Waiting for them at Bull Run General Beauregard set up his troops in a position along Bull Run Creek. On July 21st McDowell ordered the advance across Bull Run. His plan relied on a successful flanking attacking against the Confederate left.
The Battle of Bull Run was an indicator of what was to come. Both sides clearly needed more experienced officers but this experience could only be won in battle and more battles obviously meant more casualties. At the time, the Battle of Bull Run led to more casualties than any battle yet experienced in America.
The North lost 2,896 men: 460 killed (16%), 1,124 wounded (39%) and 1,312 (45%) missing or held prisoner.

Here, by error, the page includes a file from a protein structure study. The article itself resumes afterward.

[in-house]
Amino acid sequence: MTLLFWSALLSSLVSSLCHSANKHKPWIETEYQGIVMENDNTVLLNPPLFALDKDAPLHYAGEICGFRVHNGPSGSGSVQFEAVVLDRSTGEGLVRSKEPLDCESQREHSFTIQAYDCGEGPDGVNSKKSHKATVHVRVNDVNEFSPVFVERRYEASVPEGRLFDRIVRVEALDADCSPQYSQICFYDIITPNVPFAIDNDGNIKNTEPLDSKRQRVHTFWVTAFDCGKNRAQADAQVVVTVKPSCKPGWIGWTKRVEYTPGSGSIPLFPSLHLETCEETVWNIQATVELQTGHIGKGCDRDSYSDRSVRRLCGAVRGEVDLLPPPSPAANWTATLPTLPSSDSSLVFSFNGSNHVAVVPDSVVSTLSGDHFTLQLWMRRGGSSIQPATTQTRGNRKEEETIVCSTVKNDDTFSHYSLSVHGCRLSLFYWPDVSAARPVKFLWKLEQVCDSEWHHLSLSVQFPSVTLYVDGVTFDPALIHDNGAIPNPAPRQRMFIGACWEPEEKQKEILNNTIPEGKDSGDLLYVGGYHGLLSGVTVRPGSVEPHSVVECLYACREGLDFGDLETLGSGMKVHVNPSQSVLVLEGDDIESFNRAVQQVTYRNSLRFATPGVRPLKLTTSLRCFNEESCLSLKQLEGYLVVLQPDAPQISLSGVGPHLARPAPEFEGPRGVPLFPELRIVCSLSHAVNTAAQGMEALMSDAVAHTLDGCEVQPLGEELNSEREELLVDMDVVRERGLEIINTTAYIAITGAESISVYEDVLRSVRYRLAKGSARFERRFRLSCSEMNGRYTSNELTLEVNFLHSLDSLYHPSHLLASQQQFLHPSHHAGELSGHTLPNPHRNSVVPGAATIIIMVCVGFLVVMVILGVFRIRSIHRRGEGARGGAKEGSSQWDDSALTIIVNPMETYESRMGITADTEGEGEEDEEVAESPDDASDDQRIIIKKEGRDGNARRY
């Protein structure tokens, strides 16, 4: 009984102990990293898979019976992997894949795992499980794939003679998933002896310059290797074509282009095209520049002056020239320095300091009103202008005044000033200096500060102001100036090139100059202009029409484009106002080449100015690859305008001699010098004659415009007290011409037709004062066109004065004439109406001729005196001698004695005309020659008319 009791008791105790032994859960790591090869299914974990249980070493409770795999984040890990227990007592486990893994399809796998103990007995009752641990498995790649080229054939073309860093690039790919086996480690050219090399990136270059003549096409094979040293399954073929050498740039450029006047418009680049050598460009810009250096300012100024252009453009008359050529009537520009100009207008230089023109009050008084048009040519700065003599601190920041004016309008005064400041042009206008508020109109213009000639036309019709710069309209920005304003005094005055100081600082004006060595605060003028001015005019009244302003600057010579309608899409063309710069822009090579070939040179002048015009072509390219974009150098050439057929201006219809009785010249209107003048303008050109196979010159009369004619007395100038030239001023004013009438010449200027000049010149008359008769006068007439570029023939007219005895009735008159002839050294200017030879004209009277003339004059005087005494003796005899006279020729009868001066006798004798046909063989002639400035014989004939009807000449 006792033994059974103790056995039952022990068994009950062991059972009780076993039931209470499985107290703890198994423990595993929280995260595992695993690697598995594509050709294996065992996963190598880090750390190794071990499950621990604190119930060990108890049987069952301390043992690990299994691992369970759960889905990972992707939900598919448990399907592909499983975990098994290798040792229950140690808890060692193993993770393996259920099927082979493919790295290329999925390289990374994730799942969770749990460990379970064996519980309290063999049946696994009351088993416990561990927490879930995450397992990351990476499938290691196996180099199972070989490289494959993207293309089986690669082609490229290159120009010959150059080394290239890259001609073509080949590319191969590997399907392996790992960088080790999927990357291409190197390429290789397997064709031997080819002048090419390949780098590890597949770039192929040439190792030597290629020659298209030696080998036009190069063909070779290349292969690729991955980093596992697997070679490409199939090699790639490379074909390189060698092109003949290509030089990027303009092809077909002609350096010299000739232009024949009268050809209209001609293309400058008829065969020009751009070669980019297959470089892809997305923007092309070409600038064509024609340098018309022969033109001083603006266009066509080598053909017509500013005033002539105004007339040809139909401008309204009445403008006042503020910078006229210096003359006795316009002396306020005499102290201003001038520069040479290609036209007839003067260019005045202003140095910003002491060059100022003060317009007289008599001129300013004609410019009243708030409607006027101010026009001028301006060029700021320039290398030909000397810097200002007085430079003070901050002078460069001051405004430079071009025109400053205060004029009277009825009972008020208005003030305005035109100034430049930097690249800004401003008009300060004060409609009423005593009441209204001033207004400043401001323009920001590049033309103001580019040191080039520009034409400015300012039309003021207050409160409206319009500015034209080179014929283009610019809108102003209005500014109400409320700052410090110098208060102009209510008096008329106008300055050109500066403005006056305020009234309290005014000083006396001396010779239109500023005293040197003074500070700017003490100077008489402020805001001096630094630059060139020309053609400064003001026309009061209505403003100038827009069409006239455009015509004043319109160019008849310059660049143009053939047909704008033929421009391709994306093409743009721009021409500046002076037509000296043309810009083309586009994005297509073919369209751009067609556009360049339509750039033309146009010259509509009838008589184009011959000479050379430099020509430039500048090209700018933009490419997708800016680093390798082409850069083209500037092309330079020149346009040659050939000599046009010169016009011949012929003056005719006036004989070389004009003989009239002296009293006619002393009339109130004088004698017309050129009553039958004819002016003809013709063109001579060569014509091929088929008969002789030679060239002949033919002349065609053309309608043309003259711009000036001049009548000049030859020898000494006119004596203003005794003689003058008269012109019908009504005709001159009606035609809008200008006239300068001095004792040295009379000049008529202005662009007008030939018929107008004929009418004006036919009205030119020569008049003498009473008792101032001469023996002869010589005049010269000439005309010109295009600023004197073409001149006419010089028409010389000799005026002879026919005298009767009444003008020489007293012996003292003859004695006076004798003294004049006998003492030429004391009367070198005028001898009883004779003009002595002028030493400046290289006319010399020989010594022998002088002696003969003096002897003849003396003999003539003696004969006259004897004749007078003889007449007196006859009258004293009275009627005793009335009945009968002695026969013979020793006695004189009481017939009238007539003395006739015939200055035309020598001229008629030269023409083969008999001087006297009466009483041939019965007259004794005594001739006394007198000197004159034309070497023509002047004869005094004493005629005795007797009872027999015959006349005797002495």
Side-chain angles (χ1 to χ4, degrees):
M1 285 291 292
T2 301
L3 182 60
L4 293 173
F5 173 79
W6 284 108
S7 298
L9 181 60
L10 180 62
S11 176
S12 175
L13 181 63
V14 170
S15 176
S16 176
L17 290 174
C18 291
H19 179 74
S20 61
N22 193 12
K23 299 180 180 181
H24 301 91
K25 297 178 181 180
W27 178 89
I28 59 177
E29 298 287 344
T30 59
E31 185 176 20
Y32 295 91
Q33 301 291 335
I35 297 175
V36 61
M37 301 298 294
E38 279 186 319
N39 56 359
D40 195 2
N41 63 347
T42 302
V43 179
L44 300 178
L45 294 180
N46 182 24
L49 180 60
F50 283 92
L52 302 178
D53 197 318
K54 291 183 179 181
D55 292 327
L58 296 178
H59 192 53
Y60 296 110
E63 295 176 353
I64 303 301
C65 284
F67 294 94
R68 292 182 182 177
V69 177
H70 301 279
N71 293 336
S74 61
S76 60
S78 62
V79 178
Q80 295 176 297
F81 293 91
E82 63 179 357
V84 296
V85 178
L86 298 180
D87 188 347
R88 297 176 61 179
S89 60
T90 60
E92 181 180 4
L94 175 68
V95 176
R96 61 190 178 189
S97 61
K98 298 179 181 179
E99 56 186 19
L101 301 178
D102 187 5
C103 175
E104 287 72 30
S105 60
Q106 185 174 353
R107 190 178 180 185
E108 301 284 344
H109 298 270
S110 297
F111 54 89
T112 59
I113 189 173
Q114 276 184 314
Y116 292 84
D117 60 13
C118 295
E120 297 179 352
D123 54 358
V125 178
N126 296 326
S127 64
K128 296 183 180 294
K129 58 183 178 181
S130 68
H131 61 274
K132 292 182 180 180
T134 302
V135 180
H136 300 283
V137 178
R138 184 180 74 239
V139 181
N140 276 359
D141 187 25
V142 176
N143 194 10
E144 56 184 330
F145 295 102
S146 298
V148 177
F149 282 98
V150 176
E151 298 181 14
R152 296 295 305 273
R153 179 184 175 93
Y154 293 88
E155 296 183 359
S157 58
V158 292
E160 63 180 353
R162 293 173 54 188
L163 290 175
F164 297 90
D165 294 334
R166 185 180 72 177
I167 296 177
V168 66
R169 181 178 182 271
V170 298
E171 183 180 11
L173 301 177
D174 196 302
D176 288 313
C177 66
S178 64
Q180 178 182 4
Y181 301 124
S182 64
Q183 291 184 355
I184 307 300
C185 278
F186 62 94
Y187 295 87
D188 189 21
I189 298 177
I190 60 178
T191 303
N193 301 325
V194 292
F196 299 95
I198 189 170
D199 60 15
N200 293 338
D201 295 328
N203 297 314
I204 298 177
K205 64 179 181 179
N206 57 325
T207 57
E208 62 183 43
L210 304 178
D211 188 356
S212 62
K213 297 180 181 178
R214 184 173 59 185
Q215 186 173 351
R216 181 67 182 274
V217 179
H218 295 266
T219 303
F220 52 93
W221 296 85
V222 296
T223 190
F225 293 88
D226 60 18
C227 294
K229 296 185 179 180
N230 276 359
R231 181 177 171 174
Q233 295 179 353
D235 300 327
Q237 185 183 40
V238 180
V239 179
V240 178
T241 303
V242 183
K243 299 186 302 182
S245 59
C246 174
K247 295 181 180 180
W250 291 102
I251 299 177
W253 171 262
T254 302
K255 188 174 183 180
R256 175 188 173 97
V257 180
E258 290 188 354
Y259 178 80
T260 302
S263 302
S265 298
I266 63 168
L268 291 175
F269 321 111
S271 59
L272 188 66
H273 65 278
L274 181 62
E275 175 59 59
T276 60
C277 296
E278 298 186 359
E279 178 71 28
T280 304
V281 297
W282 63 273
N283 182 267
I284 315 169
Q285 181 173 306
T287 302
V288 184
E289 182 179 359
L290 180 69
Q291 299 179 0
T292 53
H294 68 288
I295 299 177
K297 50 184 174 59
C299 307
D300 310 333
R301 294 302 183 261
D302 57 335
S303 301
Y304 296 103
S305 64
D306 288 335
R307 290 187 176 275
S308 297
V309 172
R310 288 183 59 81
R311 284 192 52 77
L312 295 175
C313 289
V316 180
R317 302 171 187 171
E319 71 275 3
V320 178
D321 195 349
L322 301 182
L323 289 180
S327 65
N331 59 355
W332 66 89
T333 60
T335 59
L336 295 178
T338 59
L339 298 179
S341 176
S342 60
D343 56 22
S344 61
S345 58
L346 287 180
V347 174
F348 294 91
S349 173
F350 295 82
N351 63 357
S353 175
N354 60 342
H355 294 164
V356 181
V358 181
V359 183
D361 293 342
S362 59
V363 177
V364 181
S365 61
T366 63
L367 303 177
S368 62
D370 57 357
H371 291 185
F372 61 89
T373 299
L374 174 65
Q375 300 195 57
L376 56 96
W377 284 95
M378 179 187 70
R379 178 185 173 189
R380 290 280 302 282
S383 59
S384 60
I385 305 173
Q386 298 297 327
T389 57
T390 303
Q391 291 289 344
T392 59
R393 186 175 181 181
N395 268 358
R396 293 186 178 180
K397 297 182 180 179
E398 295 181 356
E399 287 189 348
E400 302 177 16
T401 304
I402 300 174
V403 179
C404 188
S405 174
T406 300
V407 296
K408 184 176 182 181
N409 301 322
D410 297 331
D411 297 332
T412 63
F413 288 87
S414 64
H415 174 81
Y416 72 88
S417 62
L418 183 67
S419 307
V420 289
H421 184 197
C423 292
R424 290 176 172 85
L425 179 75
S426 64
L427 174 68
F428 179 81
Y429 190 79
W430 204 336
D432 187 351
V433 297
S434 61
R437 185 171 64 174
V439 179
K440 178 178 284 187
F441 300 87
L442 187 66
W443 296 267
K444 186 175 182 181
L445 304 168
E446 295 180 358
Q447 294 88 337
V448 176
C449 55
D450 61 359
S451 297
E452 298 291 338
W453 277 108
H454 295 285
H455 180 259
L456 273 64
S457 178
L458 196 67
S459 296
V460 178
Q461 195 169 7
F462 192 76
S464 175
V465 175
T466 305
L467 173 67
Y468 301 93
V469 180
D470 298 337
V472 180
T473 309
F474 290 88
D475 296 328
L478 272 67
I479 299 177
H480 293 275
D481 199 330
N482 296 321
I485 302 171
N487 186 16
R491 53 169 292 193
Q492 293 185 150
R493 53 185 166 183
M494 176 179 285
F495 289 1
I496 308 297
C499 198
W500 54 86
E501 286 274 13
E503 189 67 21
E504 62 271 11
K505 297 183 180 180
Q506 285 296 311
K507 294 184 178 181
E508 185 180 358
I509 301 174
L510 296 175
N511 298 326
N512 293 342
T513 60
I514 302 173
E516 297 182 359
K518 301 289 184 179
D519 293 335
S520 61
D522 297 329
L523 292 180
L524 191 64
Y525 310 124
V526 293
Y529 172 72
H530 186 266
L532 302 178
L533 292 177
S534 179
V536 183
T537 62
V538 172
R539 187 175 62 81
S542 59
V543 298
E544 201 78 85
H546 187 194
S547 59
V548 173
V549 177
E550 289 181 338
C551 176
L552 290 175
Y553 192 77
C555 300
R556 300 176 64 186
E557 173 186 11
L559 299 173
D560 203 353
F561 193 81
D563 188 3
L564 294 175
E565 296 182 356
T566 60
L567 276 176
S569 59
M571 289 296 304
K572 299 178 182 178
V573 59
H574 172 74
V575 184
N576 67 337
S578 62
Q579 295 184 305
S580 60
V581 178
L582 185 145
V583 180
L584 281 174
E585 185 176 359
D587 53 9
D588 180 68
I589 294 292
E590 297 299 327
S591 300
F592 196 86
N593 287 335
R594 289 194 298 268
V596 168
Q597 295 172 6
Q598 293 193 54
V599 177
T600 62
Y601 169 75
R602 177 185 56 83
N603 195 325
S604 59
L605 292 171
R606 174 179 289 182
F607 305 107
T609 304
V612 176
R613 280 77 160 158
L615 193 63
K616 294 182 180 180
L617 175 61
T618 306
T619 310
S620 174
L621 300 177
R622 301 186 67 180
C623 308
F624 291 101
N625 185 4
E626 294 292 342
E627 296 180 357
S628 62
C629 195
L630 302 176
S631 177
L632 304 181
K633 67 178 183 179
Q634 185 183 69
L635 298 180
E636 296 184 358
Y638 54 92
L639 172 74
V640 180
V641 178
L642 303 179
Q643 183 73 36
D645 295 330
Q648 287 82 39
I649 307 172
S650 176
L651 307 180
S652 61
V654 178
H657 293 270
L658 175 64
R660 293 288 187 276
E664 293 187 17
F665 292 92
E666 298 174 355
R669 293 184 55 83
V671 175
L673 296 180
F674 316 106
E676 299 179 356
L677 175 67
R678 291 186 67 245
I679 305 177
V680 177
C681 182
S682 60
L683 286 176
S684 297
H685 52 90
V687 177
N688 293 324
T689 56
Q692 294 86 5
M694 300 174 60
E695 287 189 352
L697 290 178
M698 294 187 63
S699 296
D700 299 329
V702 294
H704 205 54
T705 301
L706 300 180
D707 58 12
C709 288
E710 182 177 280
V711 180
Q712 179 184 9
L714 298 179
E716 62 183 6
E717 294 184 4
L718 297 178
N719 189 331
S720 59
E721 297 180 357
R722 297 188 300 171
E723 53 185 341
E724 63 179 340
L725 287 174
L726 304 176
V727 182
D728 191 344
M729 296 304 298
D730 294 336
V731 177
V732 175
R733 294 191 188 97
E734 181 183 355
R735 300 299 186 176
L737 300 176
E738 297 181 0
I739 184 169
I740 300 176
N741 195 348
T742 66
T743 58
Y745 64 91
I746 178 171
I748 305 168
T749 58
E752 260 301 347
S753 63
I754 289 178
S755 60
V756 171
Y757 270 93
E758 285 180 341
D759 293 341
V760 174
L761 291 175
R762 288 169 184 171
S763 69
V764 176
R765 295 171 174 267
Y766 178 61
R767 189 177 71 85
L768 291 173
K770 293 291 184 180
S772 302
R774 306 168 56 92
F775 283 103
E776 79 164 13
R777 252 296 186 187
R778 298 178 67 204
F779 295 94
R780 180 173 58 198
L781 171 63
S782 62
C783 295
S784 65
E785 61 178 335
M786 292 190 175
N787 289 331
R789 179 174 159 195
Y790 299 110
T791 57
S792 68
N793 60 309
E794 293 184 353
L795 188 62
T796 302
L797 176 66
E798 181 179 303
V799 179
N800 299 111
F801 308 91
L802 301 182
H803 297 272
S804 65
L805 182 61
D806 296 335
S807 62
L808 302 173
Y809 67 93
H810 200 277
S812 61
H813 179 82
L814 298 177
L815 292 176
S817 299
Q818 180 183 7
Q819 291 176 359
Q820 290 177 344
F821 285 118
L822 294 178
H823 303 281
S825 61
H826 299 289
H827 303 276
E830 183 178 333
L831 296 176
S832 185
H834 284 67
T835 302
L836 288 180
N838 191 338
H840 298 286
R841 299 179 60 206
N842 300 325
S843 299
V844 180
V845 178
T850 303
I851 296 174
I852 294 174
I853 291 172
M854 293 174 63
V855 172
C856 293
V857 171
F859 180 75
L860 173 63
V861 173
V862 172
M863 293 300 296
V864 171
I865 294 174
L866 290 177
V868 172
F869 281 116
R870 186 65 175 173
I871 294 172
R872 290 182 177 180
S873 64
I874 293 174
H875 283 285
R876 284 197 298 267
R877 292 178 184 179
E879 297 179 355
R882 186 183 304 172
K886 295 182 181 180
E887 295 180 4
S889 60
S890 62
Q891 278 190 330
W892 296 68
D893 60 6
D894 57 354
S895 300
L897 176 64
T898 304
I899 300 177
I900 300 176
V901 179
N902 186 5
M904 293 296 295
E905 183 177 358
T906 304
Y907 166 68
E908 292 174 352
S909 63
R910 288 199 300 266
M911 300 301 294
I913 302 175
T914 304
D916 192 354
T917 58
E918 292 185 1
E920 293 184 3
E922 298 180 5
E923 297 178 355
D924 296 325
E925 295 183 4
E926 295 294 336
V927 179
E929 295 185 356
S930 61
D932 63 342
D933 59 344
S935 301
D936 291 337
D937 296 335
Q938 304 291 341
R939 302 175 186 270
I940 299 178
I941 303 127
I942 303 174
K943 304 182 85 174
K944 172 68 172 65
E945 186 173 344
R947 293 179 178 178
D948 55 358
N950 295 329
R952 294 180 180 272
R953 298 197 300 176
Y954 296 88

The South lost 1,982 men: 387 killed (19.5%), 1,582 wounded (80.5%) and 13 missing (0%).
Union armies were defeated at the first major battle of the Civil War, at Bull Run (Manassas) in Virginia. Any hopes for a swift Union victory in the Civil War were dashed at the first battle. After the surrender of Fort Sumter, two Union armies moved into northern Virginia. One, led by General Irvin McDowell, had about 35,000 men; the other, with about 18,000 men was led by General Robert Patterson. They were opposed by two Confederate armies, with about 31,000 troops, one led by General Joseph E. Johnston, another led by General Pierre G.T. Beauregard. Both Union and Confederate armies consisted of poorly trained volunteers.
The First Battle of Bull Run (referred to by the Confederates as Manassas) was fought on July 21, 1861 in Virginia, just miles from Washington, D.C. Although there had been numerous skirmishes since the Civil War began in April, with the Confederate bombardment of Fort Sumter, this was the first major engagement between Union and Confederate troops.